If your guests like to play games (other than the kind where they don’t RSVP and then show up with extra mouths to feed), you can put out some decks of playing cards, Uno, or the forever classic Yahtzee to play after your meal. Nothing steers familial tension and one-upmanship away from politics and religion and into more neutral territory than a game that involves literal score cards.
Let everyone DJ
To have a diverse music selection that everyone can contribute to, you can make a collaborative playlist on Spotify. Send the link to your friends and family in advance, and they can add the songs they want to hear, either before or on Thanksgiving. Then all you have to do is launch the Spotify app and hit play! If you want to avoid the commercials, you can sign up for their free three-month Spotify Premium trial and enjoy it for the whole holiday season before deciding if you want to keep it or cancel in February.
Share the WiFi
Speaking of apps, my last tip is to write your WiFi password down on a piece of paper and post it where everyone will congregate. It will be much appreciated and you can get on with other things, like remembering to take that weird plastic bag of gizzards out of the turkey carcass before you roast it. I mean, why do they keep putting that in there when they know that 99% of us forget to take it out??
Finally, Enjoy Yourself!
I hope some of these ideas might be helpful for planning a fun Thanksgiving with enough time and energy left over for you to truly enjoy the holiday. You deserve to have as much fun as your guests! Let me know how it goes, and if you have some other helpful tips, tell us about them in the comments!
I’ve taken a long break from the blog, partly because I second guess everything that I want to write. Is anyone interested in reading it? Hasn’t everything important already been said by someone else? I stop myself before I finish because I think it won’t be perfect.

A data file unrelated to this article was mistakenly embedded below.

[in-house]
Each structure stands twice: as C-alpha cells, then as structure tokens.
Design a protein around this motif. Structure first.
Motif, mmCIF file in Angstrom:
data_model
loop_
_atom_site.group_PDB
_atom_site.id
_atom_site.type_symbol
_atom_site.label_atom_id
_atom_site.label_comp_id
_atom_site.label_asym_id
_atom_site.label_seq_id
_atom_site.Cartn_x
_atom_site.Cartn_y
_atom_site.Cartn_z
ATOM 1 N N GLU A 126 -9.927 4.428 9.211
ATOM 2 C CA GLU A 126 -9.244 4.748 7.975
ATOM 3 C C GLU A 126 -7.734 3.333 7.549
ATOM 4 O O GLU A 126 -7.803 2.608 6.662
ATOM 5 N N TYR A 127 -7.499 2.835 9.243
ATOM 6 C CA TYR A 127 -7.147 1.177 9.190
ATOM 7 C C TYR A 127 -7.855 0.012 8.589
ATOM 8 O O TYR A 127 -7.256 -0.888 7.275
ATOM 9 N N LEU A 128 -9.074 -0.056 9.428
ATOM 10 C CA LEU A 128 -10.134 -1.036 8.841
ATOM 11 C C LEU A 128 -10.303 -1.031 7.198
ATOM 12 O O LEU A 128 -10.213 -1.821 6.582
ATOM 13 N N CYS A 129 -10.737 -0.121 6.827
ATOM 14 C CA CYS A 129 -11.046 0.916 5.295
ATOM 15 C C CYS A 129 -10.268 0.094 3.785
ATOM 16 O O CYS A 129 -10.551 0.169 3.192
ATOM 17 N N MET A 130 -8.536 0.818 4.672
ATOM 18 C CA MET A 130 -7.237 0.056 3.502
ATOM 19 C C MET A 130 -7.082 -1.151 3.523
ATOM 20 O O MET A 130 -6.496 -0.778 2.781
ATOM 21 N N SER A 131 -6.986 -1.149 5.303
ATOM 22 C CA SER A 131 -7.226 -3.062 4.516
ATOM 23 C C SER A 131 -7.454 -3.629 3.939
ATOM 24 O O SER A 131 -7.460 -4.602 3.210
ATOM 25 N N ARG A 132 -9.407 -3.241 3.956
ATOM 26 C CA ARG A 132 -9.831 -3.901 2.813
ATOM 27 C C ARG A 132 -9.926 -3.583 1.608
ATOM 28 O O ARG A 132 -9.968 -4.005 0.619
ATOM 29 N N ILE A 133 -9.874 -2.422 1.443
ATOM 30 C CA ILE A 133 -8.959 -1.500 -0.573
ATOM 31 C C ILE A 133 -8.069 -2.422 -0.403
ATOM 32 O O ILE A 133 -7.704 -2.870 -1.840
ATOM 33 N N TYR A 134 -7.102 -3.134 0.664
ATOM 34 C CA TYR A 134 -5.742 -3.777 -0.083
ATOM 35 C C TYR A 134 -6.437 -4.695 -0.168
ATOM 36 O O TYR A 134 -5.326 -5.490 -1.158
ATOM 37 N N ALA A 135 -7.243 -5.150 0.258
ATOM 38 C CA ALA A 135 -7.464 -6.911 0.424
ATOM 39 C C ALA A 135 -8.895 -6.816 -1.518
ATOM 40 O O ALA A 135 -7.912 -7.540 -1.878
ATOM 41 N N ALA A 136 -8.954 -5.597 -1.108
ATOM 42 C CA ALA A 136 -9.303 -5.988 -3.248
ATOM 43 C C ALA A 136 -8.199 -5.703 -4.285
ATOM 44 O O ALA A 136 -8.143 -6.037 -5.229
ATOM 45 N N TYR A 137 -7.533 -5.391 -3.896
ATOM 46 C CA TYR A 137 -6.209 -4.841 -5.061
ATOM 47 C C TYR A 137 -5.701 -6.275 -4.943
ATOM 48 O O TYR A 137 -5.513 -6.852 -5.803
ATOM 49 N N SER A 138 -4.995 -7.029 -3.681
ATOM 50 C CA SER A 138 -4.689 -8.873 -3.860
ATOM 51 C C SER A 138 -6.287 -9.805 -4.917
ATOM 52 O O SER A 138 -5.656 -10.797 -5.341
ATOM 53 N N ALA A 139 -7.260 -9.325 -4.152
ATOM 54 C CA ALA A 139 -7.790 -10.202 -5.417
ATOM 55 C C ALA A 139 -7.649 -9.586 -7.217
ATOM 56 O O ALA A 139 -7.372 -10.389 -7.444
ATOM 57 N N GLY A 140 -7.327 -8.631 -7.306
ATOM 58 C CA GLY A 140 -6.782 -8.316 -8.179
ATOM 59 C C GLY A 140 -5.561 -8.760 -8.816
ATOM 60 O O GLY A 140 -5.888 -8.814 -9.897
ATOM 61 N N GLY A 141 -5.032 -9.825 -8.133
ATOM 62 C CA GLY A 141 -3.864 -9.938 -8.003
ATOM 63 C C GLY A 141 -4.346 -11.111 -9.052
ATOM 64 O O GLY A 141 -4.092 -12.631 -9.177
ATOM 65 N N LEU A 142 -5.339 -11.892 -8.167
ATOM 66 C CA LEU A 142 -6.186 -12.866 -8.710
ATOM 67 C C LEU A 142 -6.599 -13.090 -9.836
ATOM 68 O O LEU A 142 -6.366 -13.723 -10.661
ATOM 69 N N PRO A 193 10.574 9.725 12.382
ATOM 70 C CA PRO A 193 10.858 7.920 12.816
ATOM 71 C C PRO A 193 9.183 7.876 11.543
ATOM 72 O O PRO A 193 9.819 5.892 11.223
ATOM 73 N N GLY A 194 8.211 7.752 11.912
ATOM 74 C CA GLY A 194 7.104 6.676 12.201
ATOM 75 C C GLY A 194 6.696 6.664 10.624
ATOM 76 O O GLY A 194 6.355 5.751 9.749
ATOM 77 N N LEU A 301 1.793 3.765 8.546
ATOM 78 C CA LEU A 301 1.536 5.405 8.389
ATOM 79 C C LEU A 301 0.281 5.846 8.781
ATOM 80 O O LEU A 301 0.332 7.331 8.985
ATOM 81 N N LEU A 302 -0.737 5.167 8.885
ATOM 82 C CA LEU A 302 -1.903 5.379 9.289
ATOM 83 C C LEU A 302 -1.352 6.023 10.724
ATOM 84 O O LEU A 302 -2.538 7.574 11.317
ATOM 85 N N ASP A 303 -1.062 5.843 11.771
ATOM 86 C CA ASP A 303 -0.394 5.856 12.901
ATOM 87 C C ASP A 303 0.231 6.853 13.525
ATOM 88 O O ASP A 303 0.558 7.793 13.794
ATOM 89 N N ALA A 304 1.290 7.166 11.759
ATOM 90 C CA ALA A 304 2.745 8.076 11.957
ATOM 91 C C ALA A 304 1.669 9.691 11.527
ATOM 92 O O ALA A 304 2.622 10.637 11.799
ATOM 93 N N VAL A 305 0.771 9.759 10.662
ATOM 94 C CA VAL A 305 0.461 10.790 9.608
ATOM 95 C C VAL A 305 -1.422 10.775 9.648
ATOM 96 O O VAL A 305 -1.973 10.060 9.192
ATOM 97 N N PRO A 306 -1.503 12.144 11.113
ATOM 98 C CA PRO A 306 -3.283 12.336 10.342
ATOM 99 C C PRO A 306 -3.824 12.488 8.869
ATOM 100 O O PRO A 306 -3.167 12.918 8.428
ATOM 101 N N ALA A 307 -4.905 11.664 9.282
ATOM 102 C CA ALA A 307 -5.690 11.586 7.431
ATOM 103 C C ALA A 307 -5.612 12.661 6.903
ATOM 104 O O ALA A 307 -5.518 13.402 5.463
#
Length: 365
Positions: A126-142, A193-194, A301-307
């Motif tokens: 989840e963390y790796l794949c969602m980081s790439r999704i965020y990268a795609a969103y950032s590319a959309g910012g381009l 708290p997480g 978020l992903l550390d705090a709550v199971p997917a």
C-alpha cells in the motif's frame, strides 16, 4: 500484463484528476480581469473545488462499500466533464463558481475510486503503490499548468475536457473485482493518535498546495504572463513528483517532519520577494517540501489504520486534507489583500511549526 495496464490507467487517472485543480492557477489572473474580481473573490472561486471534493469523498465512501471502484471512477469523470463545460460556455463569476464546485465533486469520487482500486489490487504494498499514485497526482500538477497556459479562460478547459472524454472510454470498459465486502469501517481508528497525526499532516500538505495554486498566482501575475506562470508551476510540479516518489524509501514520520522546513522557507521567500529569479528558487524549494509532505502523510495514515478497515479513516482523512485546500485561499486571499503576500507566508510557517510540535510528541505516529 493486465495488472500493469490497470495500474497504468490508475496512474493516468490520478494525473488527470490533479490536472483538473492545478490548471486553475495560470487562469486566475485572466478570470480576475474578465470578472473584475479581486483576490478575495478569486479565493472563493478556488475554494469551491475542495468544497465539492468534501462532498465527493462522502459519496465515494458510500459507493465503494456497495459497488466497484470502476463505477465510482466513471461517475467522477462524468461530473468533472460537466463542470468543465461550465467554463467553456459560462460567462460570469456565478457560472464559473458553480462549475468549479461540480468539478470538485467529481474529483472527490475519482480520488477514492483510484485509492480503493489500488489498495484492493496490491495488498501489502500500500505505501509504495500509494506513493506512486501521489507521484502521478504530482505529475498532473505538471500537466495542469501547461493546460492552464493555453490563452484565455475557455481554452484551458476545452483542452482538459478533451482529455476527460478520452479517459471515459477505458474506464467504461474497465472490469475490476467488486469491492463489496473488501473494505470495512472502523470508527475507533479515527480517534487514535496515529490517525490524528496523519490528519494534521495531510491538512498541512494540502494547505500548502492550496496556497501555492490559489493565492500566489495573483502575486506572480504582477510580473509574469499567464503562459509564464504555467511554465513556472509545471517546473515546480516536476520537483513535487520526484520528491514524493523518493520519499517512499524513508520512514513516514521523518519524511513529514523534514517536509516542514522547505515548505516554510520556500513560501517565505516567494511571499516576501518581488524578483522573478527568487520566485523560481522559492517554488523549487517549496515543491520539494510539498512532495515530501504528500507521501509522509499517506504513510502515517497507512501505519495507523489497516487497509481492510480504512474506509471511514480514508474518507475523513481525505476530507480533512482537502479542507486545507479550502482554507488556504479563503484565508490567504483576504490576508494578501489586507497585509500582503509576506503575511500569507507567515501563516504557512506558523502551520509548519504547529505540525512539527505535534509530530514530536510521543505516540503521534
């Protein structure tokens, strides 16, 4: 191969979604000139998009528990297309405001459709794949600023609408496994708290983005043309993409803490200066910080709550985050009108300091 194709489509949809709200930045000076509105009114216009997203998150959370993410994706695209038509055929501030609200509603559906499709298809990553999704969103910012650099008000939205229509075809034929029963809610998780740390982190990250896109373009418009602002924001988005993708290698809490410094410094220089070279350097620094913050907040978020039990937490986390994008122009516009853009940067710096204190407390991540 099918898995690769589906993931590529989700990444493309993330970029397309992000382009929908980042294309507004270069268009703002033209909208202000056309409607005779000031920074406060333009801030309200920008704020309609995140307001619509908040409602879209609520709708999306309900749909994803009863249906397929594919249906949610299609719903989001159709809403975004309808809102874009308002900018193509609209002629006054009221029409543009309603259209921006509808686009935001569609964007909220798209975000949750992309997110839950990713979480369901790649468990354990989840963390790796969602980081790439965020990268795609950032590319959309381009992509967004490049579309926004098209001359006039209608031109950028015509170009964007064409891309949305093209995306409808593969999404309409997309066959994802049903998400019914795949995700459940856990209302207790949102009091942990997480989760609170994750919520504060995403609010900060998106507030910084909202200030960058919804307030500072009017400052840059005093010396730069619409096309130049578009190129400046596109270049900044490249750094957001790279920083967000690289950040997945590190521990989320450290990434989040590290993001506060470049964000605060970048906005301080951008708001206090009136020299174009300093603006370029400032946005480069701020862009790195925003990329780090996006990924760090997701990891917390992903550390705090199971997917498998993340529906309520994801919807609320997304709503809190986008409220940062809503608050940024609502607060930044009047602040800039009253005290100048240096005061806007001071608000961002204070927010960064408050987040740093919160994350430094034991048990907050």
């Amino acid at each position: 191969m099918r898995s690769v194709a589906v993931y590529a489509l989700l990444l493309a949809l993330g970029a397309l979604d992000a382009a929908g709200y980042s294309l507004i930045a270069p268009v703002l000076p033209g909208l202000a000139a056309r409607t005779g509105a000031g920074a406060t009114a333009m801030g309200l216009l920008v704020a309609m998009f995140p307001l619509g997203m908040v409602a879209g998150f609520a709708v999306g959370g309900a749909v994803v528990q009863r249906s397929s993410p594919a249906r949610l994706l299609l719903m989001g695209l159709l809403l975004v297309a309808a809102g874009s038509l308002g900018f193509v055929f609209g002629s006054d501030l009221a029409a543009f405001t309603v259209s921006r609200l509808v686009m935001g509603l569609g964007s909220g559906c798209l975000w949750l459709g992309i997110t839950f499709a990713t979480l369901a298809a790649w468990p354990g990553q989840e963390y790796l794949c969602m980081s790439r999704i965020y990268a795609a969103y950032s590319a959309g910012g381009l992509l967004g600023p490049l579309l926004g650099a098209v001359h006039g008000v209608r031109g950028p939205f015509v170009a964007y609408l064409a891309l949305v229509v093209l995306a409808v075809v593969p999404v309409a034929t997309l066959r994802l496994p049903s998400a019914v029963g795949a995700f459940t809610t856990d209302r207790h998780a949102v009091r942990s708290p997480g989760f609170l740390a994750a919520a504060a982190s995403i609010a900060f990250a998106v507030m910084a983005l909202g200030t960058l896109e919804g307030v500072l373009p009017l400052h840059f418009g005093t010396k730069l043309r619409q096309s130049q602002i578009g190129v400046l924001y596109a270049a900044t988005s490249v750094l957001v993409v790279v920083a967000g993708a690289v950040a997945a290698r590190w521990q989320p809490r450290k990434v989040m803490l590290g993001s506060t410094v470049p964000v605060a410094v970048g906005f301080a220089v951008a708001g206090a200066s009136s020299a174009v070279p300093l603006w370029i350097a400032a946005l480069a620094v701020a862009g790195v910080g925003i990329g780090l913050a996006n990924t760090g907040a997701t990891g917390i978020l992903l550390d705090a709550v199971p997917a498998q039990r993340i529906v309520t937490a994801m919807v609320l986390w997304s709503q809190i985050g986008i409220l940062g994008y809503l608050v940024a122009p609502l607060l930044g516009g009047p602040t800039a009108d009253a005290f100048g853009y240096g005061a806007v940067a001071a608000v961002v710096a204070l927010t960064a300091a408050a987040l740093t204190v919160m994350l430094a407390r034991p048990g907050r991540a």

I think this is a hurdle for a lot of people. And I think the only trick for this situation is to start again. And then again. And keep starting again as many times as it takes, which is…maybe forever?
But there is another consideration that I often forget.
Sure, I haven’t been posting anything. But I’ve had lots of ideas, written scraps and scribbles of future posts, taken in new experiences and information, and basically been marinating in the good stuff that eventually ends up here.
As the saying goes, to everything there is a season. Whether it’s the weather, the decades of a life, or, in my case, a personal creative endeavor.
Willard is well-known to historians of the early republic as a pioneering educator, the founder of what is now called the Emma Willard School, in Troy, New York. But she was also a versatile writer, publisher and, yes, mapmaker. She used every tool available to teach young readers (and especially young women) how to see history in creative new ways. If the available textbooks were tedious (and they were), she would write better ones. If they lacked illustrations, she would provide them. If maps would help, so be it: she would fill in that gap as well. She worked with engravers and printers to get it done. She was finding her way forward in a male-dominated world, with no map to guide her. So she made one herself.
And yes, while still in her twenties, she opened a school for girls in her own home, so that young women could get an education comparable to that of their own brothers. From the school website (which is still in operation some 200 years later!):
She pioneered girls’ education, taking it from focusing on “the charms of youth and beauty” to intellectually stimulating and rigorous courses in mathematics, geography, history, science, and philosophy.